the man on my corner

There’s a man on my corner, I see him there as I pass by on my way to and from work each day.  Actually, maybe it’s more his corner than my corner.  I’m sure he thinks so, seeing as how he spends more time there than I do.  At any rate, he is there, sitting with his sign, waving to those who pass by and accepting donations from outstretched arms from the cars waiting on the light to turn green.

I have been one of those outstretched arms upon occasion.  But I wanted to be more than an anonymous donor.  I wanted to know his story.  Everybody has a story, we all do.   I became curious about what his story might be.  So I spent time with him now and then on his corner, on OUR corner.  I knew his face, now I know his name.  No one should be nameless and faceless, no one should be invisible.

And so we talked.  He walks with a limp.  He is a veteran, as too many of our homeless are.  But I also discovered that this particular man on my corner is not homeless, just having trouble making ends meet.  It is often such a thin line that separates the housed from the homeless.  The stories of the people that I see not only on my corner but on other corners, were I to know them, would be as different as the individuals to whom they belong.  Perhaps, homelessness has not one root cause, but in each life results from circumstances coming together in a perfect storm of destruction leaving little left of the life the individual once knew.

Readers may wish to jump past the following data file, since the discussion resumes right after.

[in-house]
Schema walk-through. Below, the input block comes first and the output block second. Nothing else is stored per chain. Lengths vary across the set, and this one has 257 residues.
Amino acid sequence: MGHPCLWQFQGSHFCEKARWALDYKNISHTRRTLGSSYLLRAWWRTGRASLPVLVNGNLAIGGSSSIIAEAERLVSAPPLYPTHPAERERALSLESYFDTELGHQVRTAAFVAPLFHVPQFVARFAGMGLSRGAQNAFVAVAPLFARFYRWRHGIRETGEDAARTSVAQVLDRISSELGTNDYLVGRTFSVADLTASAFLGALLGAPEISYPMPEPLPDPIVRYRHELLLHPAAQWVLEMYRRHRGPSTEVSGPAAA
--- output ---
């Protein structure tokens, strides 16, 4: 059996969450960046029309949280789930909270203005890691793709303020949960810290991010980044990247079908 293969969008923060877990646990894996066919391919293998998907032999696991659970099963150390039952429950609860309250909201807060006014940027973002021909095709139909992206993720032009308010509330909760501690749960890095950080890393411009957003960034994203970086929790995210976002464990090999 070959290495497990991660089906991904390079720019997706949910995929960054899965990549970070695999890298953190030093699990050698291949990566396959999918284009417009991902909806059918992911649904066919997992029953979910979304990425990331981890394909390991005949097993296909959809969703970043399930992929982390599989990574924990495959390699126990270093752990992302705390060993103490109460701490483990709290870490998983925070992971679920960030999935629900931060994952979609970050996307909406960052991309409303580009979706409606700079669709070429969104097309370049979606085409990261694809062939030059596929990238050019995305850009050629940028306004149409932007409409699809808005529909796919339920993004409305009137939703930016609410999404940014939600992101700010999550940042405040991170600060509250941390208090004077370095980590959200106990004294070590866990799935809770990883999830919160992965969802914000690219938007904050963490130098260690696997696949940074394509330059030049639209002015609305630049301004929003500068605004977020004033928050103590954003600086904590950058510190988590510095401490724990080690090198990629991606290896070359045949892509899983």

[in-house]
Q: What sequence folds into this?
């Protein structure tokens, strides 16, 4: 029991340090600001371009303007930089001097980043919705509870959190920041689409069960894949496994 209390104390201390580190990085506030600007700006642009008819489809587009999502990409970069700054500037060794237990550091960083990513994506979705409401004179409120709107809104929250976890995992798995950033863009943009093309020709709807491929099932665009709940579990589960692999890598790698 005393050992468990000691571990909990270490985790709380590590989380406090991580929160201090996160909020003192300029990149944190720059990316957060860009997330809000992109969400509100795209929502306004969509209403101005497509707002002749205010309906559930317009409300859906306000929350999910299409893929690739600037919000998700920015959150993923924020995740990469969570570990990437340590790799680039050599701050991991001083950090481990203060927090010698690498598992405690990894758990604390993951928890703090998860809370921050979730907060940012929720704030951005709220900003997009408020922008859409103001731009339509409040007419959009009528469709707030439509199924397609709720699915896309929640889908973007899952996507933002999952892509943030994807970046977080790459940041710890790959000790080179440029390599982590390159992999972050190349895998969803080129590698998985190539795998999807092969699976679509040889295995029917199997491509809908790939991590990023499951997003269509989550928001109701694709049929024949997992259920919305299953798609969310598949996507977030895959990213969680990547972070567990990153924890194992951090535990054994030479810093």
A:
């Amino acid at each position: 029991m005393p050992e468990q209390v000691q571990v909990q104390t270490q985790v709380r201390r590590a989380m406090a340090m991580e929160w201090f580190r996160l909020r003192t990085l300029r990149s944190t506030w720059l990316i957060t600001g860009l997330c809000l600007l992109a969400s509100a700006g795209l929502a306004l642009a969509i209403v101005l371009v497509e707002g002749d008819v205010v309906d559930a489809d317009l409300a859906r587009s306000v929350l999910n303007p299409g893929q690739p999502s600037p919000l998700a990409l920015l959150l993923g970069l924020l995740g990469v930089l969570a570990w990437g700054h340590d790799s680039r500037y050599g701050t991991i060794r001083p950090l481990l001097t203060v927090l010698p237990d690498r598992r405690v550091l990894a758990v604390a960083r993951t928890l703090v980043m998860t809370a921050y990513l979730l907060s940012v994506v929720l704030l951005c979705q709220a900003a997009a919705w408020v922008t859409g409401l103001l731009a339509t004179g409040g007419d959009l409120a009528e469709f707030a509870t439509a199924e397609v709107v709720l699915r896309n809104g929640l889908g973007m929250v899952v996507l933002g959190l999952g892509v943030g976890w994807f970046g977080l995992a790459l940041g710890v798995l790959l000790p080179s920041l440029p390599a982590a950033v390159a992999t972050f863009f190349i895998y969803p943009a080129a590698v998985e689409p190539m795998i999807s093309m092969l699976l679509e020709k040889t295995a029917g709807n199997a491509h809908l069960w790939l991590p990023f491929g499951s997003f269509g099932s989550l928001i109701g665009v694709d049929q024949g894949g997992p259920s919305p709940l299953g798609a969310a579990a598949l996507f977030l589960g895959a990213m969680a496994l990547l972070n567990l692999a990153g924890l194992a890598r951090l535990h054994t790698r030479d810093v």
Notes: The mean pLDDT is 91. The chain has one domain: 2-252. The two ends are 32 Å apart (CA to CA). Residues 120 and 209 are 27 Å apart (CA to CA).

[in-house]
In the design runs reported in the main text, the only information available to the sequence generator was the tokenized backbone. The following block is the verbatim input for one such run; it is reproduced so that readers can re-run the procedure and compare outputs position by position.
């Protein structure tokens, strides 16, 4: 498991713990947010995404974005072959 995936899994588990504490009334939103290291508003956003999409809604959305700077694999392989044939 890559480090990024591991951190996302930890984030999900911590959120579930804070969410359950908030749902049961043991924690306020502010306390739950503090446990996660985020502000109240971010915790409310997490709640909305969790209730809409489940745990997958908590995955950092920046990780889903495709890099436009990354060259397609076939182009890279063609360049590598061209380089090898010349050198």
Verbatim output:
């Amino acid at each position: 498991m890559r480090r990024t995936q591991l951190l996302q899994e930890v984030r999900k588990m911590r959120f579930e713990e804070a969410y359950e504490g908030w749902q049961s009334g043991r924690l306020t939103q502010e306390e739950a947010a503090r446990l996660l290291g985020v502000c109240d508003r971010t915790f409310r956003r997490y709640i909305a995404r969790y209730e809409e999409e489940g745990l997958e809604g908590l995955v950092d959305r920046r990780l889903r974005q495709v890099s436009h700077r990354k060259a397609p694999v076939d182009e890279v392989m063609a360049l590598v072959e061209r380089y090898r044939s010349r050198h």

Starting over must be a daunting task.  As I sat with the man on my corner, there were plenty who offered him “fish” that day.  No one offered him a fishing pole. How could they in the short time before the traffic light changed color and they were forced to move on, both literally and figuratively.  Besides, if you’re going to give a person a fishing pole, you should be prepared to give them fishing lessons to go along with it.

So my friend will probably continue to sit on my corner, his corner, as he has done in the past.  He has a smile and a wave for everyone that passes by and seems content with the small kindnesses he receives each day.  It is enough.  Daily bread. In time, I may learn more of his story and of the circumstances that brought him to my corner.  But for today, it is enough that we have our daily bread and that we thank God for it.

“The Lord is good to all; He has compassion on all He has made.”  (Psalm 145:9)

“Command them to do good, to be rich in good deeds, and to be generous and willing to share.”  (I Timothy 6:18)

sincerely,       Grace Day




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